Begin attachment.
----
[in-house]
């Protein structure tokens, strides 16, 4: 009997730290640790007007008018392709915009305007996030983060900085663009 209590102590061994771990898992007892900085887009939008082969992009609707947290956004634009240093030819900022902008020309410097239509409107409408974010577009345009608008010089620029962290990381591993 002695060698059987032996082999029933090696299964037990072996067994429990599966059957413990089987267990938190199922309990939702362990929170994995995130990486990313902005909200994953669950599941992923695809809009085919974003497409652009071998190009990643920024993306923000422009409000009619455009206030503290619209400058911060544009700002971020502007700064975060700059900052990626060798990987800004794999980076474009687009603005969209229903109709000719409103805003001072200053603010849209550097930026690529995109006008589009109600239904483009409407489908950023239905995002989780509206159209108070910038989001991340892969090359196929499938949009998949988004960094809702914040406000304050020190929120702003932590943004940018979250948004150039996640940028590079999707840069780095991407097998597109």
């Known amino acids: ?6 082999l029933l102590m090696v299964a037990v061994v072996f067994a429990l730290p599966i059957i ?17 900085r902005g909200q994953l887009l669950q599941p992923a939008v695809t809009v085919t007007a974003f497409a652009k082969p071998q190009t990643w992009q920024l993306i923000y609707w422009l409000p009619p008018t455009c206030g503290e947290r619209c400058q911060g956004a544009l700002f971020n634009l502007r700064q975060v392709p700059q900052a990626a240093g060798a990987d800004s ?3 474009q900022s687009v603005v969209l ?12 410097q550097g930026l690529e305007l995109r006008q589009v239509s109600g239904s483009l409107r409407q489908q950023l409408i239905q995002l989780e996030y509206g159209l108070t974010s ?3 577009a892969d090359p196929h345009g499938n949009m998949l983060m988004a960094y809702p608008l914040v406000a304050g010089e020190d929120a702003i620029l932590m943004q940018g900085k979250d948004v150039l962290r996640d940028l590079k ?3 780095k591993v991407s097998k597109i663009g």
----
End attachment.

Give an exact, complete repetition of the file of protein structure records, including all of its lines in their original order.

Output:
[in-house]
């Protein structure tokens, strides 16, 4: 009997730290640790007007008018392709915009305007996030983060900085663009 209590102590061994771990898992007892900085887009939008082969992009609707947290956004634009240093030819900022902008020309410097239509409107409408974010577009345009608008010089620029962290990381591993 002695060698059987032996082999029933090696299964037990072996067994429990599966059957413990089987267990938190199922309990939702362990929170994995995130990486990313902005909200994953669950599941992923695809809009085919974003497409652009071998190009990643920024993306923000422009409000009619455009206030503290619209400058911060544009700002971020502007700064975060700059900052990626060798990987800004794999980076474009687009603005969209229903109709000719409103805003001072200053603010849209550097930026690529995109006008589009109600239904483009409407489908950023239905995002989780509206159209108070910038989001991340892969090359196929499938949009998949988004960094809702914040406000304050020190929120702003932590943004940018979250948004150039996640940028590079999707840069780095991407097998597109």
């Known amino acids: ?6 082999l029933l102590m090696v299964a037990v061994v072996f067994a429990l730290p599966i059957i ?17 900085r902005g909200q994953l887009l669950q599941p992923a939008v695809t809009v085919t007007a974003f497409a652009k082969p071998q190009t990643w992009q920024l993306i923000y609707w422009l409000p009619p008018t455009c206030g503290e947290r619209c400058q911060g956004a544009l700002f971020n634009l502007r700064q975060v392709p700059q900052a990626a240093g060798a990987d800004s ?3 474009q900022s687009v603005v969209l ?12 410097q550097g930026l690529e305007l995109r006008q589009v239509s109600g239904s483009l409107r409407q489908q950023l409408i239905q995002l989780e996030y509206g159209l108070t974010s ?3 577009a892969d090359p196929h345009g499938n949009m998949l983060m988004a960094y809702p608008l914040v406000a304050g010089e020190d929120a702003i620029l932590m943004q940018g900085k979250d948004v150039l962290r996640d940028l590079k ?3 780095k591993v991407s097998k597109i663009g």